Housing Minister Simon Coveney has dismissed fears of a damaging party rift in Fine Gael after he was accused by his leadership rival of “divisive and dishonest” politics during last night’s heated final hustings event, writes Eoin English.
Speaking in Cork today where he was canvassing support in Kinsale, Mr Coveney said he was neither, and insisted Social Protection Minister Leo Varadkar made the comments during a “blunt, honest and straight shoot-out”.
“That’s what you expect when you have a sparring contest in an intense competitive leadership debate,” he said.
“People who know me know that I’m a straight shooter. But I’m a competitive person, as is Leo. And so what you saw last night was both candidates in the final debate having a pretty straight shoot-out, in terms of ideas.
“People were explaining where they’re coming from, responding to accusations from the other, and that’s what you expect when you have four nights in a row of intense debate, two hours each time.
“And when it came to a final debate, both candidates were anxious not to be overly polite because there is a need for blunt and honest discussion in politics.
“This wasn’t some kind of entertainment show for people to watch. This was a real discussion, which was substantive within the party, and at the end of that, the membership, and the public representatives within Fine Gael will chose not only a leader, but also future direction for the party and I’ve outlined very clearly where I’m coming from.
“Whoever wins this contest, Fine Gael will unite and will be stronger at the end of it.
“Leo is a very talented politician and if he wins, he’ll make a good leader of Fine Gael.
“But I believe I would make a better leader and I believe I can take the party in a direction that not only the Fine Gael party membership would be comfortable with, but is a direction that a lot of people outside Fine Gael would be comfortable with.”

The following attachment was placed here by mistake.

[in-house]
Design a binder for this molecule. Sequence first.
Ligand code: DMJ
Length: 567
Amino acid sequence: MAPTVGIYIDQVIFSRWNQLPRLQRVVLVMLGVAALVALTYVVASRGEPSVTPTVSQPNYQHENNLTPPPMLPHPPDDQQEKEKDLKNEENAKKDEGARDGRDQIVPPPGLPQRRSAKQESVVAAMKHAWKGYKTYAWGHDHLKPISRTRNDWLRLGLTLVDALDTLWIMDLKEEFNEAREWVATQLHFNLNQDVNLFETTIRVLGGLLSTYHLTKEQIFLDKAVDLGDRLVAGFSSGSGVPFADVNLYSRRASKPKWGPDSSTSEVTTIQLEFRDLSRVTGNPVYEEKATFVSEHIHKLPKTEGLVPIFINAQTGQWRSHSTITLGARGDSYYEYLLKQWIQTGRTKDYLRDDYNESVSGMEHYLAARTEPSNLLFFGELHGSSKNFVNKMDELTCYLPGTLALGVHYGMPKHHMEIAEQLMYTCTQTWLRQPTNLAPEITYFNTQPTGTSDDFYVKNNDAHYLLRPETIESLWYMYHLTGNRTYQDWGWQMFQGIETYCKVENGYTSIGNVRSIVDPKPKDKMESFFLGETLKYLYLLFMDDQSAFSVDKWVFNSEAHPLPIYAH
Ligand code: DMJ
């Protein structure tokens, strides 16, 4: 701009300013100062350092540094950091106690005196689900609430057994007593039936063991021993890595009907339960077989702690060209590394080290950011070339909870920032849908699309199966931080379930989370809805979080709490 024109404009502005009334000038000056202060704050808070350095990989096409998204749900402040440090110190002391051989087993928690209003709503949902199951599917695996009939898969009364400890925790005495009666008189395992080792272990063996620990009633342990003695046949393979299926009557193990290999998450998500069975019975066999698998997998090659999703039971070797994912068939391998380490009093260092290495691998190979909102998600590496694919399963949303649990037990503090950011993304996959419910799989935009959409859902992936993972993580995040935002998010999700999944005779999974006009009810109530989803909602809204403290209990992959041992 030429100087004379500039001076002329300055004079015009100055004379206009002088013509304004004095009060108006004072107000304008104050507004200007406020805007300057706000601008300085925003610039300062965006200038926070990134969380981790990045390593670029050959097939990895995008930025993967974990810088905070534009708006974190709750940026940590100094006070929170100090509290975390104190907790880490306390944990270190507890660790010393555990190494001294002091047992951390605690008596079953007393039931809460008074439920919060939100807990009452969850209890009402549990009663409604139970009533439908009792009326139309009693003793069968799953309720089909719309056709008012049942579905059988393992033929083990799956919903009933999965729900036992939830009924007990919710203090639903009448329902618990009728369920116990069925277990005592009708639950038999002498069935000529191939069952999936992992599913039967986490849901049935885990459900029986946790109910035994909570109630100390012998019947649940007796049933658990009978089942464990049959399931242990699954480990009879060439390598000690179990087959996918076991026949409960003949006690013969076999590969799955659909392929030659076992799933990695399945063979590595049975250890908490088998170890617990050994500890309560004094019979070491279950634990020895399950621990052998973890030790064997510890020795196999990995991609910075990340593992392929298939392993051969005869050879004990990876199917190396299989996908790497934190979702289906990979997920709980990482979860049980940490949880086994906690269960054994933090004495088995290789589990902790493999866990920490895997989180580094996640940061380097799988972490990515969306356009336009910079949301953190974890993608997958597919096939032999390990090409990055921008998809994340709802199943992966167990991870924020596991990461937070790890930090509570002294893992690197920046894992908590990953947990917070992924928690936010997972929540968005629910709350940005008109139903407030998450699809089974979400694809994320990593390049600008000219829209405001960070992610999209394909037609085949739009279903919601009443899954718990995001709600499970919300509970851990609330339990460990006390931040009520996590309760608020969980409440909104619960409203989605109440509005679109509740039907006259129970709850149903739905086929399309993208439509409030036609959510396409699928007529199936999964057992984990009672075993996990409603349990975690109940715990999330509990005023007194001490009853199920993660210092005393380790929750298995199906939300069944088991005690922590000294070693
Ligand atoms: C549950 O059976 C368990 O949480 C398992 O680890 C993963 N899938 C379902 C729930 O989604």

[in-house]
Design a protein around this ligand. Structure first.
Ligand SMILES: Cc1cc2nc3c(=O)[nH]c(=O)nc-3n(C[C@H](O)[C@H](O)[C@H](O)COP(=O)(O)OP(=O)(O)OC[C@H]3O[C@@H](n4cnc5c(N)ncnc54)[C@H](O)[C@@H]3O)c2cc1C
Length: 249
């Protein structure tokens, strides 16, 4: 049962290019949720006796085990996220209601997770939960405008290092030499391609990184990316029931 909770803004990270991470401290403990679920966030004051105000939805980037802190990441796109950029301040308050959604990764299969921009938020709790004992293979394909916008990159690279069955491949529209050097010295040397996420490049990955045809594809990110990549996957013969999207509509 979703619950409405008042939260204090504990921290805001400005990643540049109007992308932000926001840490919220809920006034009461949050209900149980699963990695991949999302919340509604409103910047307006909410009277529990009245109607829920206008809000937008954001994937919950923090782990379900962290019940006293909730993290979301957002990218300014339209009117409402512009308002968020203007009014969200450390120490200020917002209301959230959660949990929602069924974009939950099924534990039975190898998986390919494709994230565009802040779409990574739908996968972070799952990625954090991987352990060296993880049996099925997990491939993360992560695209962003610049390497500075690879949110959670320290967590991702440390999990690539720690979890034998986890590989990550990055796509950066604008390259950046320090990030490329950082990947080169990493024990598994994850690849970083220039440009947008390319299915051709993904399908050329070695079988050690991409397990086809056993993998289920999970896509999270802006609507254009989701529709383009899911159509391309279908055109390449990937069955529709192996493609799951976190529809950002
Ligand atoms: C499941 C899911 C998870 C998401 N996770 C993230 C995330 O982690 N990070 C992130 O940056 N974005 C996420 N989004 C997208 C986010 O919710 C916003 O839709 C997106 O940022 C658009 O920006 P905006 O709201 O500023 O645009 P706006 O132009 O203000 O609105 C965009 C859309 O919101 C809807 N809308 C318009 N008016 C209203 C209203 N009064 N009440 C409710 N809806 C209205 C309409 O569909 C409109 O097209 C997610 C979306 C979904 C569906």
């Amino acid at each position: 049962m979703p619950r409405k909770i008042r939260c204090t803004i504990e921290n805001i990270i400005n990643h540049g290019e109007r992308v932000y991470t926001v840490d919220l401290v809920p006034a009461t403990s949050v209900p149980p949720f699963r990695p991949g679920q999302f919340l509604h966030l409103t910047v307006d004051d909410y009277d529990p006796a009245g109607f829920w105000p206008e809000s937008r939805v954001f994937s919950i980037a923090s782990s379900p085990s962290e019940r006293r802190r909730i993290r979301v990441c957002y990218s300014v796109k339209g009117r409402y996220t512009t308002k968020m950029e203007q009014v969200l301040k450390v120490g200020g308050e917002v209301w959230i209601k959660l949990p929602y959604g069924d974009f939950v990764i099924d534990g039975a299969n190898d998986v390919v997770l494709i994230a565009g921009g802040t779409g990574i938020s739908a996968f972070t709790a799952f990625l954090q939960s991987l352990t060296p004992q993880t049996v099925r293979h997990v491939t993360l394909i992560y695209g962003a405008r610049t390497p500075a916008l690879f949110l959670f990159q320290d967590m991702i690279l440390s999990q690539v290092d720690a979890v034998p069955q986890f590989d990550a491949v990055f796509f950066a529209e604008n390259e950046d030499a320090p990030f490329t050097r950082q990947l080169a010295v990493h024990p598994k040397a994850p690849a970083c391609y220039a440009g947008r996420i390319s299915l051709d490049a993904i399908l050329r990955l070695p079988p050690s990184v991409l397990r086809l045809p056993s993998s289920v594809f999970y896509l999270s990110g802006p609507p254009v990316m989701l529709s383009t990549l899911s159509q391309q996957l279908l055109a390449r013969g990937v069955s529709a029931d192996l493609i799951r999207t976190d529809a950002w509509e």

Despite 46 Oireachtas members declaring for Mr Varadkar, and several yet to publicly declare, Mr Coveney insisted he can still win.
“After this discussion, many people will rethink the position they had publicly declared,” he said.
“I’m not asking anybody to publicly state that they are changing their mind. I’m simply asking people to vote in the privacy of the ballot box in a way they believe is for the betterment of the country, first and foremost, but also makes good sense for the party.
“By the time Friday comes, and many of the members have voted around the country, and the Oireachtas colleagues will be voting last, I think many of them will see in their own constituency that their membership voted for Simon Coveney and not Leo Varadkar, and I hope they will take note of that.”
He also backed suggestions from Munster MEP Sean Kelly for a review of the leadership election process, with votes weighted in accordance with the Fine Gael electoral college rules which sees 73 members of the Parliamentary Party accounting for 65% of the total vote, the almost 21,000 party members accounting for 25% and 235 local representatives (232 councillors and three Údarás na Gaeltachta members) accounting for the remaining 10%.
“I wouldn’t like to be giving out about the process now at this stage, halfway through, because people might accuse me of blaming the referee rather than getting on with the game,” Mr Coveney said.
“The process is the process, we’ll work with it. I think I can win this contest under the rules and when it’s over we’ll evaluate. If there are flaws in the process, we should be open to examining that and changing it.”
He also insisted that he hasn’t given thought to possible Cabinet positions once the new leader is announced on Friday.